In a few lines of code we have built a TCP client! Let's test our client and make sure everything works. For myself, I choose to run this in the CLI of my Linux OS.
There we have it. Our TCP client sent a HTTP request to www.google.com and the response received was outputted to the screen through our print() function. In the above picture we can observe the HTTP header from google.com.
The target host and port have been hardcoded into the script. Oftentimes this can suffice; however, for those who want a little more versatility we can make minor changes to our code so it accepts command line arguments. For example, the following python command runs our script and then has two arguments that are passed to it.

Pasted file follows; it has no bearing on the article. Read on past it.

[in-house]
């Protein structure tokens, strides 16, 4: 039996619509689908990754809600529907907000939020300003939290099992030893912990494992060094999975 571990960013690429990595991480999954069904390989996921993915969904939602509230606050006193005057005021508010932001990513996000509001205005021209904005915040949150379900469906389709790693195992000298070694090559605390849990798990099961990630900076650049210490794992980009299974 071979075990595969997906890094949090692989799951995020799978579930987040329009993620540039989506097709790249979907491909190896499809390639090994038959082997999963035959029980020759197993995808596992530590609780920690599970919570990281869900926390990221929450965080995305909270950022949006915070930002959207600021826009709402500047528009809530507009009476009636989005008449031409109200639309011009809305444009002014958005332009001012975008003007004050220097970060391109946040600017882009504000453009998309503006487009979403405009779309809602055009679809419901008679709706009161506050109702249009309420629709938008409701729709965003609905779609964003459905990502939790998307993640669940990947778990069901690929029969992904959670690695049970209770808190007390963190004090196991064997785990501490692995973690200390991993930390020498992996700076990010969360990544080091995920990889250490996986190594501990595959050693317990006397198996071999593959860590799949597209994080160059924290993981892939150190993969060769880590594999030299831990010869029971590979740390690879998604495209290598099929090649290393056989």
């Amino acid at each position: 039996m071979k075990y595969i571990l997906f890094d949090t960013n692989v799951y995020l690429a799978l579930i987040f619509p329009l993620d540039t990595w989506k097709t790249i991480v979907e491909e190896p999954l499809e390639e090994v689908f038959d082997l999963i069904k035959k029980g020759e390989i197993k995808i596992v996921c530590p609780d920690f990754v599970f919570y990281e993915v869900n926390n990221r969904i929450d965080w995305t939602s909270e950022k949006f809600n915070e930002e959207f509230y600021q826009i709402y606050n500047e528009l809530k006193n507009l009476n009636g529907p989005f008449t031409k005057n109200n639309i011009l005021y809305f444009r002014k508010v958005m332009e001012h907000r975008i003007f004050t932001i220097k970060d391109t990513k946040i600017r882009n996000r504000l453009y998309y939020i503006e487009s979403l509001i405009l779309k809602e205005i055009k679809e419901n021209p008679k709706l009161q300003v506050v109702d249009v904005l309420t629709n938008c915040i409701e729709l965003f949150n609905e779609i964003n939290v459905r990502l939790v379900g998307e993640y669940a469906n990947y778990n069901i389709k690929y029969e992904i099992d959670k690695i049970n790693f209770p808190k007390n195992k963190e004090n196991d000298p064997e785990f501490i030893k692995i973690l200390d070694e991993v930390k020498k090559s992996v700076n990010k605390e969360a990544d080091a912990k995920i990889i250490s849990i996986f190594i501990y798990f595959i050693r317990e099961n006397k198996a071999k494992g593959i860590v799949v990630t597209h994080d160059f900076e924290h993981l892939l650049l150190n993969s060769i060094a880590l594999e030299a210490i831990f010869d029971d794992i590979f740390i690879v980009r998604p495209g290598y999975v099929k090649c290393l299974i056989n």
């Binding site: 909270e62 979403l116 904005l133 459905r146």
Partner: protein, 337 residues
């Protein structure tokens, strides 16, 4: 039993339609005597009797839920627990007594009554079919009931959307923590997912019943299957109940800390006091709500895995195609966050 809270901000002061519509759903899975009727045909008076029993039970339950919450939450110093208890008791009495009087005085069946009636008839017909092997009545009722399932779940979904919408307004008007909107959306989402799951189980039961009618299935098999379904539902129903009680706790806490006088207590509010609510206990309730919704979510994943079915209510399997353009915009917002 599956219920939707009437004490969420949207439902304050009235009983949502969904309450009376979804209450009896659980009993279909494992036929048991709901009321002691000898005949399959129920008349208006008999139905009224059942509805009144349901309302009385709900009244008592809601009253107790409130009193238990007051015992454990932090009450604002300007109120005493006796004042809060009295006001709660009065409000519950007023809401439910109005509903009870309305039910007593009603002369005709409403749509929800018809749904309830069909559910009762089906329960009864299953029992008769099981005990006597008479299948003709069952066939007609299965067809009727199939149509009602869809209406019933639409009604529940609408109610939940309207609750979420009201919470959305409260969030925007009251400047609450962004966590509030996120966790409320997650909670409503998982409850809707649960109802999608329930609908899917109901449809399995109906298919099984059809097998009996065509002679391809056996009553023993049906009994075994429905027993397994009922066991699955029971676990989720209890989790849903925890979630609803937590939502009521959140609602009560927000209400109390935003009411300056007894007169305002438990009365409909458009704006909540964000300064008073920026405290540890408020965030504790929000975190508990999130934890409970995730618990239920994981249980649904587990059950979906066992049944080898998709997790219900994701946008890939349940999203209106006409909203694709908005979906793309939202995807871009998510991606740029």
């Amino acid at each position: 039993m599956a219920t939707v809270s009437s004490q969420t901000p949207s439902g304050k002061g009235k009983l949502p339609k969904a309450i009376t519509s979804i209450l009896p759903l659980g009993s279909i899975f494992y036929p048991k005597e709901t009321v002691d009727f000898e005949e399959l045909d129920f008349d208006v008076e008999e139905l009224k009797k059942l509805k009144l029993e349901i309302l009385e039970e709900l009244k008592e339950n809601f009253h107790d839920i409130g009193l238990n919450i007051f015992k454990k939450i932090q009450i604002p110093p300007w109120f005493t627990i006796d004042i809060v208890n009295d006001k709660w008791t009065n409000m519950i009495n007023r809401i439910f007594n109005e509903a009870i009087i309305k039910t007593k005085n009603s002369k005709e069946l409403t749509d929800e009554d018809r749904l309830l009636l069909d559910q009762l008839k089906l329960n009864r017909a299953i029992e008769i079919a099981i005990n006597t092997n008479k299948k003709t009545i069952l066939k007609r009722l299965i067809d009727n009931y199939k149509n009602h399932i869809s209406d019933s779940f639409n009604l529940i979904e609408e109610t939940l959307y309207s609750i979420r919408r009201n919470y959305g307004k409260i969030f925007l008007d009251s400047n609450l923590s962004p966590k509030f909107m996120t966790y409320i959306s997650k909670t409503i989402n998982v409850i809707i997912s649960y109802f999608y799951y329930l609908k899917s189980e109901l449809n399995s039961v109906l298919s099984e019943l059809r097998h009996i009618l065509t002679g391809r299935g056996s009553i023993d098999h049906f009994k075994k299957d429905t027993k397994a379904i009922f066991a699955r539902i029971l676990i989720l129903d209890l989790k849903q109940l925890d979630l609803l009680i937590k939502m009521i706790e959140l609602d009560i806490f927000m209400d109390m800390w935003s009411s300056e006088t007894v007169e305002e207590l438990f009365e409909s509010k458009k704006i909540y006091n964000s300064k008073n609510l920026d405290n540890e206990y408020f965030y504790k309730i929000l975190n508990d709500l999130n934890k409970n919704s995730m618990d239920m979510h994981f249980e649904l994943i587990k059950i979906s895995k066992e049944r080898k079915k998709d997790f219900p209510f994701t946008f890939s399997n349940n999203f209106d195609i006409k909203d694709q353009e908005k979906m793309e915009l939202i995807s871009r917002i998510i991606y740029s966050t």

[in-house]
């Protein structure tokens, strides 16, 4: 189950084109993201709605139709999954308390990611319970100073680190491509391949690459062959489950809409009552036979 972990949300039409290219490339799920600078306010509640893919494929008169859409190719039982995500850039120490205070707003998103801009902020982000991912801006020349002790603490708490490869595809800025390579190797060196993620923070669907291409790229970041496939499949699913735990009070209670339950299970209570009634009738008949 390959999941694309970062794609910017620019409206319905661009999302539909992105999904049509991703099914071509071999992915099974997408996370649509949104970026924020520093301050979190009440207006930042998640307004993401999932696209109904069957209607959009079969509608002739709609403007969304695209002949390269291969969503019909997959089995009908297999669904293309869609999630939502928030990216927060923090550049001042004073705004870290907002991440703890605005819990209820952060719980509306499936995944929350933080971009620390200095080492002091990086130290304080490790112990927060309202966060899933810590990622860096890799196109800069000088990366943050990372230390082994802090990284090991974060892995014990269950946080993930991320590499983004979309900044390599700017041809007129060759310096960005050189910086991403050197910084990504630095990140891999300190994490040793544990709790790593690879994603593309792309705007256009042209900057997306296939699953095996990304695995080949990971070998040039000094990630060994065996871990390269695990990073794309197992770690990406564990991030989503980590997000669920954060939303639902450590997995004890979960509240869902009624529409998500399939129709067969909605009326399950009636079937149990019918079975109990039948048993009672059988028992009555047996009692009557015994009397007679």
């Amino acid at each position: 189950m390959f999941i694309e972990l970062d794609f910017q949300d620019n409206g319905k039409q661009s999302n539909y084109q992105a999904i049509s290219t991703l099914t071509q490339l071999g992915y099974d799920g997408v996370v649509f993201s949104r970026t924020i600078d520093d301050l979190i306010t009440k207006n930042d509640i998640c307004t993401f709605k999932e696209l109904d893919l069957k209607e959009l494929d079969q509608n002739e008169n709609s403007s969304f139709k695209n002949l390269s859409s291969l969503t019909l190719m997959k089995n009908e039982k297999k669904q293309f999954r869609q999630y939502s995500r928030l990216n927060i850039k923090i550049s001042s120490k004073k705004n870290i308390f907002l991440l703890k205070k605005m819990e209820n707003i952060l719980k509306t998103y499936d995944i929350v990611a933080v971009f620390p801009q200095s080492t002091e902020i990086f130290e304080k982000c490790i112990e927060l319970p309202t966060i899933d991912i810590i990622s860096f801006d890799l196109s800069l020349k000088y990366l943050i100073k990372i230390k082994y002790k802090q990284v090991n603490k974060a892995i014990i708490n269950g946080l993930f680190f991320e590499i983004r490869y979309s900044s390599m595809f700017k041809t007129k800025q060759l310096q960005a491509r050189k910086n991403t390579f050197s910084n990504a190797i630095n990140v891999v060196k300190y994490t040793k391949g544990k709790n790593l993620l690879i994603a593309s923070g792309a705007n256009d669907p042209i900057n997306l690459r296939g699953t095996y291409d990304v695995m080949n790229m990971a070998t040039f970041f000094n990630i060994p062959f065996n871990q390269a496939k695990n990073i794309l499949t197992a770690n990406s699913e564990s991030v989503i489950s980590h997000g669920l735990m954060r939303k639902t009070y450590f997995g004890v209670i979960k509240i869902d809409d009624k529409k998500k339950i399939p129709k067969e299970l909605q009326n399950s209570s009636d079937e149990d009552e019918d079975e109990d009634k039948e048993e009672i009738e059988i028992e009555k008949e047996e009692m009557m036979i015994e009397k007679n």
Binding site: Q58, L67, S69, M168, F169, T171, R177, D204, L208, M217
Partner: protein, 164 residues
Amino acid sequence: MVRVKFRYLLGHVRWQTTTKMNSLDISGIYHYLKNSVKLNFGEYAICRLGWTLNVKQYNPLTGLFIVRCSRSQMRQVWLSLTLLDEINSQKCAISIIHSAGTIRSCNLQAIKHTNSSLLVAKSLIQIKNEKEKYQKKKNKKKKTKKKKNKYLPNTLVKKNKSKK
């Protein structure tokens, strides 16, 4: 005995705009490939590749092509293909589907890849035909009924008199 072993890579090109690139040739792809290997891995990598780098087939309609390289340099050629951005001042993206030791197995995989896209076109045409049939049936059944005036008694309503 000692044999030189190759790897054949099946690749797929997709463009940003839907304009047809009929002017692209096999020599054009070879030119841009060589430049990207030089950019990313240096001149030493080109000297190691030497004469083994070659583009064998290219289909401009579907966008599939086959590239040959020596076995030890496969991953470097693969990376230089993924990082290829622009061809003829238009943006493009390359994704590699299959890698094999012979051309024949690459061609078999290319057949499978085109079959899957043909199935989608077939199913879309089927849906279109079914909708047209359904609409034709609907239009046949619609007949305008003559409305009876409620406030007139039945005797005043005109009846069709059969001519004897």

Python3 tcp_client.py www.google.com 80
In order to do this we start by importing the sys module:
Then we replace the data we hardcoded in the “host” and “port” variables with the following :
Now when the arguments are passed the data will be stored in both our variables. The numbers in the square brackets refer to the arguments passed at the command line in the order they are passed. If we passed a third argument we could add a third variable and have it store “ sys.argv”.
Our script now accepts command line arguments passed to it.
The TCP Client is working and we can have it connect to a server and port successfully; however, what happens if we share our script with others. They might not understand at first glance how to use our script. Let's improve the user experience by telling a user how exactly to run our TCP client.